5.   Dr. Bakun noted that seismologists were surprised about some of the features that they could see on the poster.  Write your own paragraph about interesting features that you see on the poster.


6.   Blow up a balloon and predict when it will pop.  What variables are you using to make your prediction?  Does your prediction mechanism work for multiple balloons?  Try this activity with a group of students.  What prediction methods can you develop?  How accurate is your prediction method with different students blowing up the balloon?


7.   Make a hypothesis about the lack of earthquakes on the San Andreas Fault in the northern part of the peninsula.  What is the relationship of the lakes along the San Andreas Fault at the northern end of the peninsula and the fault itself?


8.   As reported in "The Next Big Earthquake," "the peninsula segment of the San Andreas fault between Los Gatos and Hillsborough; the Hayward fault between Fremont and San Leandro; the Hayward fault between San Leandro and San Pablo Bay; and the Rodgers Creek fault between San Pablo Bay and Santa Rosa" have been identified as having large earthquake potential.  Use a road map or an atlas map of California to find these cities.  Using a clear sheet of paper as an overlay on the map, mark the approximate location of these cities.  Then, use the epicenter circles to estimate the location of the faults and trace the fault segments that are predicted to have the most earthquake potential in this region.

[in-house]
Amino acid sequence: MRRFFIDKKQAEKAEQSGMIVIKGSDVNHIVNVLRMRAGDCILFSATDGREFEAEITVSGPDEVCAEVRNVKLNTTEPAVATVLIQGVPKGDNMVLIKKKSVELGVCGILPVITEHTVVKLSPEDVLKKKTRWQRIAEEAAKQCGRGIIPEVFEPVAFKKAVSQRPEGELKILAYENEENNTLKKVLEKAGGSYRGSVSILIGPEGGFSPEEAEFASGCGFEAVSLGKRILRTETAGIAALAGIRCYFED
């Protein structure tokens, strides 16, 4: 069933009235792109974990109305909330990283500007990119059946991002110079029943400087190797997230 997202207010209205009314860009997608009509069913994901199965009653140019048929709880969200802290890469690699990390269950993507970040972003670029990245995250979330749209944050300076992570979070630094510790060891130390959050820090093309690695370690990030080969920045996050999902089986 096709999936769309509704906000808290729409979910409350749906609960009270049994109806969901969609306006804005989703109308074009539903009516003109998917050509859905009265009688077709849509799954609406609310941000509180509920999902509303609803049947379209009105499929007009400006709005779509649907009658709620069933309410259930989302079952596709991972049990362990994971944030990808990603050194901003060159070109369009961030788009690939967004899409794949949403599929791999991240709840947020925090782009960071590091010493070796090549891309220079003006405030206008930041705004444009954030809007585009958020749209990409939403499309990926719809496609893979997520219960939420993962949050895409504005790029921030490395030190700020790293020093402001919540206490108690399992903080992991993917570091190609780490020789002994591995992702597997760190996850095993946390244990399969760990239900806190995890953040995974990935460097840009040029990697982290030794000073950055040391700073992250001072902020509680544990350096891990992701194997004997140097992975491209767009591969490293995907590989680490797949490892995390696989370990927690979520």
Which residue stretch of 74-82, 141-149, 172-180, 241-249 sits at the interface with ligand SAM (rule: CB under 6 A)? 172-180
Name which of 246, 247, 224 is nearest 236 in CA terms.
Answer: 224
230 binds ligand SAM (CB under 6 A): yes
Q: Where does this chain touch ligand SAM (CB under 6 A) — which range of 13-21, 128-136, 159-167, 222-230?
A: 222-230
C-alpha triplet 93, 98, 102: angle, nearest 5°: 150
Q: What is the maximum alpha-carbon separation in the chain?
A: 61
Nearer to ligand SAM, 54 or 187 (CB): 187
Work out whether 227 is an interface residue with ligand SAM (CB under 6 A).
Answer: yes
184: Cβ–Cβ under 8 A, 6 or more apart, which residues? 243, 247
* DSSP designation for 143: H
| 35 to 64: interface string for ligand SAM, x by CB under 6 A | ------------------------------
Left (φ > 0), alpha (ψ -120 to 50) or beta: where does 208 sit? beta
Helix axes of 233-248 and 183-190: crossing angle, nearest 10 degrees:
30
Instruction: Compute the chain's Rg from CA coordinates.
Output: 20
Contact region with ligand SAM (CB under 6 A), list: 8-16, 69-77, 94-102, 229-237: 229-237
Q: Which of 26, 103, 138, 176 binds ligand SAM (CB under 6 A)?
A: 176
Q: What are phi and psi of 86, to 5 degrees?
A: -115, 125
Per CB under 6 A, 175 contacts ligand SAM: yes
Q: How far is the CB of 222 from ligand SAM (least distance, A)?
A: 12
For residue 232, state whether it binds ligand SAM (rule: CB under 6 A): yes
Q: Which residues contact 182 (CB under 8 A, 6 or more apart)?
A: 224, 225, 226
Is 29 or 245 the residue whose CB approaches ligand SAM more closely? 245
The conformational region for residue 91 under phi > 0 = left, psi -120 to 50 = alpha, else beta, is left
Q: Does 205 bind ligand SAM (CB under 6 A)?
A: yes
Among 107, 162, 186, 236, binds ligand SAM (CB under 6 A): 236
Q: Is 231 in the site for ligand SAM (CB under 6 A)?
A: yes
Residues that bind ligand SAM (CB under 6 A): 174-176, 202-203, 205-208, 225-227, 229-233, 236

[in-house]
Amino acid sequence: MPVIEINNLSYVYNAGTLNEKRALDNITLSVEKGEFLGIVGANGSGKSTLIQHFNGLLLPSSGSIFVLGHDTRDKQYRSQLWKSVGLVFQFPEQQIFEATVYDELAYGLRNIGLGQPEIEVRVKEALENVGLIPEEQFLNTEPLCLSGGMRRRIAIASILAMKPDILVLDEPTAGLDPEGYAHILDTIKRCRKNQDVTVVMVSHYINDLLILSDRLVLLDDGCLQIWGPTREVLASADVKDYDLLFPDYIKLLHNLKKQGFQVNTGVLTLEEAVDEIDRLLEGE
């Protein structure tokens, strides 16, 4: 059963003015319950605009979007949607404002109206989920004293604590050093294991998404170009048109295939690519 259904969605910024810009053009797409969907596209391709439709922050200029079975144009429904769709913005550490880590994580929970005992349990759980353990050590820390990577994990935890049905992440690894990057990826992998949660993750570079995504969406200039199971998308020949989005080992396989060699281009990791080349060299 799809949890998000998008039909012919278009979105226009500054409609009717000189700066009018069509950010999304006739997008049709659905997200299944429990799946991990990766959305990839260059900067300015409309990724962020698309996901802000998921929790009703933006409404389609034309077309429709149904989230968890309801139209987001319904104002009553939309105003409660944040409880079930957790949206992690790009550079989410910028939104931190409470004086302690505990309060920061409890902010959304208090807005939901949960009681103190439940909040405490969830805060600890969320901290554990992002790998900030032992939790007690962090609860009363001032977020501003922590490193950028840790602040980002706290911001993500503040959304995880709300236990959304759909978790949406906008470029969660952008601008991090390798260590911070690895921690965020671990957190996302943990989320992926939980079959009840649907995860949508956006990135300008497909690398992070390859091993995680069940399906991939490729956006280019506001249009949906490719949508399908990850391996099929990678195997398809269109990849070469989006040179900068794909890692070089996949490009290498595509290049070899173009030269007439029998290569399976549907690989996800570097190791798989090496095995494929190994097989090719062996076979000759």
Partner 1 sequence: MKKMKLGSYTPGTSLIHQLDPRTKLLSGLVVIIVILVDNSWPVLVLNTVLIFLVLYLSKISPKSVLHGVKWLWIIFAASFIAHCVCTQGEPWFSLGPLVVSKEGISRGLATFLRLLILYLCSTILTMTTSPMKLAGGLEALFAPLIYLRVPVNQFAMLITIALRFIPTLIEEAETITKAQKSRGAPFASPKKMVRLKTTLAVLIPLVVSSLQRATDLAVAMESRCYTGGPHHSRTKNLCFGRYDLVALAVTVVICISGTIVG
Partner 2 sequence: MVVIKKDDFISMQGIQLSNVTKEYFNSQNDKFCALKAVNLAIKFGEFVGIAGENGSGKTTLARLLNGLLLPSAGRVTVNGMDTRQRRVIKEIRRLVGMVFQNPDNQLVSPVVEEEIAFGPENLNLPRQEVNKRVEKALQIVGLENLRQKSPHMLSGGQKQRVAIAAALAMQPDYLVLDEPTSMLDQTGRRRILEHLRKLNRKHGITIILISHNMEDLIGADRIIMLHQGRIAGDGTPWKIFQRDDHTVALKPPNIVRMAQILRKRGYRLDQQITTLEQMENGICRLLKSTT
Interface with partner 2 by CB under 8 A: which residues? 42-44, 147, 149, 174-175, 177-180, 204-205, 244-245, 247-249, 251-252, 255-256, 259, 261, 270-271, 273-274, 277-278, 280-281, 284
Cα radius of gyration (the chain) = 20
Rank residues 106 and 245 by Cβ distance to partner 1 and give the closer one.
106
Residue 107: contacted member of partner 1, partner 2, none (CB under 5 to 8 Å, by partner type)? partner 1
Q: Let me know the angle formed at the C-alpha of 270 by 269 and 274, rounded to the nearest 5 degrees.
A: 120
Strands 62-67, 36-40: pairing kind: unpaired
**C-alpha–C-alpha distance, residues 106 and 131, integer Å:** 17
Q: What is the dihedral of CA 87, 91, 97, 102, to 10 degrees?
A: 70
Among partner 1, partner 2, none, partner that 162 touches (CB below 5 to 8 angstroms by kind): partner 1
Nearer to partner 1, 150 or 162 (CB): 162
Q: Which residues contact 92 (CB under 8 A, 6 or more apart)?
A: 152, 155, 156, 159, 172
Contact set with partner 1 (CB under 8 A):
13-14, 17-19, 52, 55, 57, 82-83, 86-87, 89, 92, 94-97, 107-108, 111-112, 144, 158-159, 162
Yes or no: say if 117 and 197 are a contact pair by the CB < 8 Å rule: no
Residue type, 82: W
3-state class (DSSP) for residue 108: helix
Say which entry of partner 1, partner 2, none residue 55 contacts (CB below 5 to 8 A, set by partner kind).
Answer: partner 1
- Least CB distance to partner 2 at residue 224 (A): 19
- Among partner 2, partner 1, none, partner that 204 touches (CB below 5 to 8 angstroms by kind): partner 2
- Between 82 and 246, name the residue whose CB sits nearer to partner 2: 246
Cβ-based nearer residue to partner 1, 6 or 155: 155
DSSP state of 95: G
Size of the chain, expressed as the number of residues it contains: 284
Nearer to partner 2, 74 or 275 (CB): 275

9.   Translate the Spanish place names to English.


10. Scientists know that buildings and other man-made structures built on fill areas or areas of uncompacted sediments are more likely to be damaged in an earthquake because these materials can intensify shaking.  Areas that are steep sloped are more likely to experience landslides and mud slides.  With this information and information gathered from the earthquake epicenters on the poster, where would you look for a house if you were moving to the San Francisco Bay area?


11. What supplies would you want to have in your home if you were in an earthquake prone area?  What changes would you make in your home if you lived in an earthquake prone area?  Would you change or move furniture or belongings?